Despite the fact of harvesting walnut by walnut tree machine which shakes the branches of the walnut and eliminate the need to climb the tree, the people of our region continue to harvest walnut by climbing the tree. Falls occur due to the slipping during climbing the tree or while kicking the branches with their foot which breaks them or slipping their feet.

Literature data suggest that males more commonly suffered falls from walnut trees [5, 9, 13, 14]. Our study similarly demonstrated that males more commonly were subjected to injuries (92.6%). The reason of this gender predilection is that the task of walnut harvesting is traditionally fulfilled by males. The injury rate (29.8%) was highest between 51-60 years of age. This has probably stemmed from the fact that the majority of the young population living in this region studied in non-agricultural occupations and choose to live in cities than rural areas.

Patients who fall from walnut tree commonly suffer spine injuries particularly in the form of burst and compression wedge fractures. Spinal injuries have a more destructive influence on clinical outcomes, long-term disability and life quality of patient among all major organ systems although they have a less frequency in trauma victims and especially compression fractures are frequently associated with neurological sequela with increased mortality and long-term morbidity rates [9, 14, 15]. Our study also demonstrated that the injuries most commonly occurred in the spinal region (44.4%) and wedge compression fractures were the most common spinal injuries (27.8%). Our results were consistent with the literature [9, 14] and supports the fact of walnut tree related falls have a serious potential morbidity due to spinal injuries.

Cervical spine injuries at the level of C3-C4 are uncommon, associated bony fractures are infrequent and early agressive management of this level injuries maintain a more favorable outcome in terms of neurological complications [16]. Despite the literature, in the study by Seyed et al. [13] fractures were accompanied dislocations at the cervical level spinal injuries and entirely responsible from all mortality and the results were consistent with the finding of dislocation and fracture at the level of C3-C4 in our study. Quadriparesis was the concomitant neurological deficit in this patient and despite the surgical stabilization patient recovered with sequelae which puts a large social and economic burden on his quality of life as he was a young 35 years old man.

Extremity and head traumas come second after spinal traumas in injuries due to falls from walnut trees and lower limb fractures were more common than upper limb [2, 5, 14]. We also observed that extremity injuries were the second most common injuries. Consistent with the literature, lower extremity traumas were more common than upper extremity traumas (22.2% and 18.5%, respectively).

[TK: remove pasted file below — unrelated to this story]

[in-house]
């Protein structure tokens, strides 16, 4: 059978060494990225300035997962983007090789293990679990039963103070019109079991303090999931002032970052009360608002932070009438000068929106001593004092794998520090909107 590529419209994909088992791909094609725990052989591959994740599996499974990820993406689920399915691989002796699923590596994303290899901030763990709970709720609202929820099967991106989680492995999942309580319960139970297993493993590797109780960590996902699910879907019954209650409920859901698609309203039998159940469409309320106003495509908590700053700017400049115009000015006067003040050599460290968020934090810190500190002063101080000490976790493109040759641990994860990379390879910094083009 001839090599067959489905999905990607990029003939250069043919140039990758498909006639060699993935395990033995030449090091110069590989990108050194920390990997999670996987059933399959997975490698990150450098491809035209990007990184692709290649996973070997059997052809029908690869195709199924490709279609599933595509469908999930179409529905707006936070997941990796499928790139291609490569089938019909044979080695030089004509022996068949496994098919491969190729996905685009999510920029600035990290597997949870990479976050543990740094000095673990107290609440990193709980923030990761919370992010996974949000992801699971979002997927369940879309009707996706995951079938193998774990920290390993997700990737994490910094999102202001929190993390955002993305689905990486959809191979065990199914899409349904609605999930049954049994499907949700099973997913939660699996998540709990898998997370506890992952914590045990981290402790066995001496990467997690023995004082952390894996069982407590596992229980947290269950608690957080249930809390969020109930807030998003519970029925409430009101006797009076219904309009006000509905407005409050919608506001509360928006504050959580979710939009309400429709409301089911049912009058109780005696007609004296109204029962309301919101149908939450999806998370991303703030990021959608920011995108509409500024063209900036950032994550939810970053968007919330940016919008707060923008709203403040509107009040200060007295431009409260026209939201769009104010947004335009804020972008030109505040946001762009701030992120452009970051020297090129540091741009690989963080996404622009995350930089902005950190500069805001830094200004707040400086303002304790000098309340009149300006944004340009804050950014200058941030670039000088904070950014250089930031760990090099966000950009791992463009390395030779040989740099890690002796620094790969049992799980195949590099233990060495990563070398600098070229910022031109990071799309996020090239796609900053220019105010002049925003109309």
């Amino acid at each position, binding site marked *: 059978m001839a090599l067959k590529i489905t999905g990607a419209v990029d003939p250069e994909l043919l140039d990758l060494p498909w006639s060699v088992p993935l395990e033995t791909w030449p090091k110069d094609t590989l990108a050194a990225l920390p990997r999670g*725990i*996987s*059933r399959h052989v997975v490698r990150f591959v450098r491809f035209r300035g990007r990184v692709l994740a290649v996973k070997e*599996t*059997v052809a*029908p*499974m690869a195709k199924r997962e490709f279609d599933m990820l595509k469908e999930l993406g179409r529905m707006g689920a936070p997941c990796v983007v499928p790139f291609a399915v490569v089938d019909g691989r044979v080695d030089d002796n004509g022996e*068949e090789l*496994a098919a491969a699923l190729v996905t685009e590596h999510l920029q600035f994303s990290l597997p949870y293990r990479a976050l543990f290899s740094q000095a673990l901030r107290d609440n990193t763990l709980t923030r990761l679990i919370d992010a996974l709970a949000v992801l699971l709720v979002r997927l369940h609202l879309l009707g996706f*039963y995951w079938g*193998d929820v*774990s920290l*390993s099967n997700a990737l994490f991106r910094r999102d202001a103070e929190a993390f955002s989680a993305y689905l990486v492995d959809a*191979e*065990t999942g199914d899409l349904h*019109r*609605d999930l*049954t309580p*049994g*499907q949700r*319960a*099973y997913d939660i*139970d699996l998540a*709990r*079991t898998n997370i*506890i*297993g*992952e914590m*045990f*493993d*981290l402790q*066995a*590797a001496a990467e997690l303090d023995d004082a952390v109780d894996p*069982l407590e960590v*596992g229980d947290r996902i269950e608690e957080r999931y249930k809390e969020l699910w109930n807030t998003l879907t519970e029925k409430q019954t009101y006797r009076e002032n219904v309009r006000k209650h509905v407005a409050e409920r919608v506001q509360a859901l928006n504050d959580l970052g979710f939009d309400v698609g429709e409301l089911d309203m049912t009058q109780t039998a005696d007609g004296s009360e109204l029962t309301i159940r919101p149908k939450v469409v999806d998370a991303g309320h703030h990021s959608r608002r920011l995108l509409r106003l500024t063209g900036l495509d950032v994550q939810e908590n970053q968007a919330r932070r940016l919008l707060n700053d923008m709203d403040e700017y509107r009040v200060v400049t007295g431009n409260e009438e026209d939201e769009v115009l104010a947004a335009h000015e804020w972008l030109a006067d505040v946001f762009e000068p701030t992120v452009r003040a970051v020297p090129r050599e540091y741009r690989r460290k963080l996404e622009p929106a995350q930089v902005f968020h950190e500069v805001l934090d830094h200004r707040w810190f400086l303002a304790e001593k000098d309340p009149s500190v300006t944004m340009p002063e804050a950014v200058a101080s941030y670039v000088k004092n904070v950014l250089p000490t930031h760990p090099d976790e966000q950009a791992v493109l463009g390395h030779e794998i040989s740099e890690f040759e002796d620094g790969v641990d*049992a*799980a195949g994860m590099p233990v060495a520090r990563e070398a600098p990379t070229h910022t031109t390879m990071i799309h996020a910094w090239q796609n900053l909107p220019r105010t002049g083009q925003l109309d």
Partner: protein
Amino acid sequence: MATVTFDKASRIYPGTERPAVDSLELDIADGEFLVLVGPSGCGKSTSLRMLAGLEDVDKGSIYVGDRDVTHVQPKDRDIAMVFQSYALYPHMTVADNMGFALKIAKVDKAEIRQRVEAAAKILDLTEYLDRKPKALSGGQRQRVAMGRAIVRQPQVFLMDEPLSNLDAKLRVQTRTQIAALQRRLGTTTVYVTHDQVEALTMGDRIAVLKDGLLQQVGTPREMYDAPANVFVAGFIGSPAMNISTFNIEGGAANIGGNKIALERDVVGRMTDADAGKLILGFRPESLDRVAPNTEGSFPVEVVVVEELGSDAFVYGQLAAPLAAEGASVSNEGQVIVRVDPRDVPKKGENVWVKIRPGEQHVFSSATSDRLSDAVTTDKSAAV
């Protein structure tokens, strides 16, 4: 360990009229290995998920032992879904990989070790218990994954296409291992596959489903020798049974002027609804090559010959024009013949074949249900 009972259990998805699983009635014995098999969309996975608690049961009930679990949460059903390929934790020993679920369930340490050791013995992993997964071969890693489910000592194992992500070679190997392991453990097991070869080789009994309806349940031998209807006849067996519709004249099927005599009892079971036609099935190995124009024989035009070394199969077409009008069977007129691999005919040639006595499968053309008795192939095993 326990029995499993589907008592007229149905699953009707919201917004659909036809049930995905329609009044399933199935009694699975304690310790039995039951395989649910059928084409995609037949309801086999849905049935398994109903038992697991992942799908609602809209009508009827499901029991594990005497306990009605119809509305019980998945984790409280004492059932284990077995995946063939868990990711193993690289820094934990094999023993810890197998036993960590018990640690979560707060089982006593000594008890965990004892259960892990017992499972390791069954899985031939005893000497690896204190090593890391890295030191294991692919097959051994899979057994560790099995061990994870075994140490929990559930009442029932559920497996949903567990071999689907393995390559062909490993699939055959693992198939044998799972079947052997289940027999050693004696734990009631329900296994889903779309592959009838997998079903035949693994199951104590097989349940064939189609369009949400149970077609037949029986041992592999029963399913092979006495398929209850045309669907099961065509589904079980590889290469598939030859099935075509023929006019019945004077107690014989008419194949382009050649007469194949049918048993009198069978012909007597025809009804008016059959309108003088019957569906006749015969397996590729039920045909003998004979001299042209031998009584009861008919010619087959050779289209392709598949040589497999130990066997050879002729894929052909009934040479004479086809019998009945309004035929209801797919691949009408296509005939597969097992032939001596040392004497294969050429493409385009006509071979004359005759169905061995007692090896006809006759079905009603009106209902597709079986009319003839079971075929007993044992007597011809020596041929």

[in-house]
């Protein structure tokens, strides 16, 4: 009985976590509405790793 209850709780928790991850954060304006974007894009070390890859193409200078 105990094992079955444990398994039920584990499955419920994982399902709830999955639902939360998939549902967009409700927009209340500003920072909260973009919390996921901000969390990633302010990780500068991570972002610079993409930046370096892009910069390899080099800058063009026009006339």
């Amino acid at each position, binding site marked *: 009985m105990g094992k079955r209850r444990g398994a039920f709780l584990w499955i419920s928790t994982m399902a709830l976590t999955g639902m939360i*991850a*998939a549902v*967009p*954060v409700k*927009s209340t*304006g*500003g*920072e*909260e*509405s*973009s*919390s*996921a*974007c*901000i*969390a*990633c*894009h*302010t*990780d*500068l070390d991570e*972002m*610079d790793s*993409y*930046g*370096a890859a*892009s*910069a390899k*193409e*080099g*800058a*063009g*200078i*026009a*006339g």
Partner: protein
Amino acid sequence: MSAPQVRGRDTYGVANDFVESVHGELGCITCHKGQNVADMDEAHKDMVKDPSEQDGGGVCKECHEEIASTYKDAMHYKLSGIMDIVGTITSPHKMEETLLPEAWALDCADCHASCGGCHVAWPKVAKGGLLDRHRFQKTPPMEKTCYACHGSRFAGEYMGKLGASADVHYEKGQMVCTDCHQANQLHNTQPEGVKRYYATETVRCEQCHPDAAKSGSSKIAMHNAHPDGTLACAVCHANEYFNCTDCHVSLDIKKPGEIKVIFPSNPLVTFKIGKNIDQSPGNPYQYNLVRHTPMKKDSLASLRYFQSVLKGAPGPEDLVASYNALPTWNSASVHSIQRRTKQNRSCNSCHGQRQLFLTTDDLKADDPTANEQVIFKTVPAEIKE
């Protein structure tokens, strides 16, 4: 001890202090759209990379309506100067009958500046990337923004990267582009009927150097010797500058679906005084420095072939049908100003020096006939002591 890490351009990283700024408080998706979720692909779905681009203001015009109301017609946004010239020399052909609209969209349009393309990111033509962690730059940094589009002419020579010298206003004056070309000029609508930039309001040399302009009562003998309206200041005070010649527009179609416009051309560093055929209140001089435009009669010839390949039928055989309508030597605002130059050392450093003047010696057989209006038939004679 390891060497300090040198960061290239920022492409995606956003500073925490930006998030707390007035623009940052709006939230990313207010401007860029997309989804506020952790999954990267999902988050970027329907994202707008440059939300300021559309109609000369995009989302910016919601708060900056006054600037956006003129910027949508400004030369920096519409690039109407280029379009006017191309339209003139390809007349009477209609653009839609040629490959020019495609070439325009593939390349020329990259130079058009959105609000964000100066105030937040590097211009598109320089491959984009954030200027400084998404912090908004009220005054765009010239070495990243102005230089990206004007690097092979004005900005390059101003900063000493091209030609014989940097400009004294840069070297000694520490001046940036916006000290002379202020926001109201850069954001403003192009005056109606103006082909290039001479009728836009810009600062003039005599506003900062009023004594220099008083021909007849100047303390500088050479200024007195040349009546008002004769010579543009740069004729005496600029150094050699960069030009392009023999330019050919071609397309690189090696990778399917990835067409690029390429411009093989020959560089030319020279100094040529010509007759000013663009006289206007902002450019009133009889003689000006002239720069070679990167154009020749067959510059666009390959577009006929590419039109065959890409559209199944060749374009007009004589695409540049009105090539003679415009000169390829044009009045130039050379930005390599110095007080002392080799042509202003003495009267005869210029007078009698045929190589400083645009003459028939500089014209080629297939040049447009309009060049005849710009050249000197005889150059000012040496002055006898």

In previous studies the mortality rate associated with falls from walnut trees have ranged between 10% to 24.13%, with the majority being due to cervical injuries but on the other hand, we observed no death in our study and this is possibly due to the absence of abdominal injury and existing a few number of head, thoracic and only one cervical trauma patients unlike the literature [5, 10, 13, 14]. Considering the importance of ISS in showing the trauma severity, observing no deaths is consistent with the higher number of patients, 44 (81.5%), with an ISS score of equal to or less than 9. Of 5 patients with sequelae, 3 had an ISS score equal to or greater than 10 and 2 had an ISS score of 9.

Conclusion

Falls from walnut trees are a significant health problem owing to being an important source of morbidity and disability so are a substantial social and economic burden due to labor force loss. Traditional outdated methods employed in our region for harvesting walnut trees lead to a higher rate of falls from these trees. Preventive measures including education of farmers and agricultural workers and using mechanized methods for harvesting walnut will lead to a dramatic decrease in mortality and morbidity caused by falls from walnut trees.

Limitations of study

The limitation of our study is related to its duration. The study data were obtained from injuries that took place only during September to October 2012.

Declarations

Authors’ Affiliations

(1)
Emergency Department, Ahi Evran Univercity Training and Research Hospital
(2)
Emergency Department, Ankara Numune Training and Research Hospital
(3)
Emergency Department, Baskent Univecity
(4)
Emergency Department, Şişli Etfal Training and Research Hospital
(5)
Neurosurgery Department, Ankara Numune Training and Research Hospital
(6)
General Surgery Department, Ankara Numune Training and Research Hospital

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Copyright

© Ersoy et al.; licensee BioMed Central Ltd. 2014

This article is published under license to BioMed Central Ltd. This is an Open Access article distributed under the terms of the Creative Commons Attribution License (http://creativecommons.org/licenses/by/4.0), which permits unrestricted use, distribution, and reproduction in any medium, provided the original work is properly credited. The Creative Commons Public Domain Dedication waiver (http://creativecommons.org/publicdomain/zero/1.0/) applies to the data made available in this article, unless otherwise stated.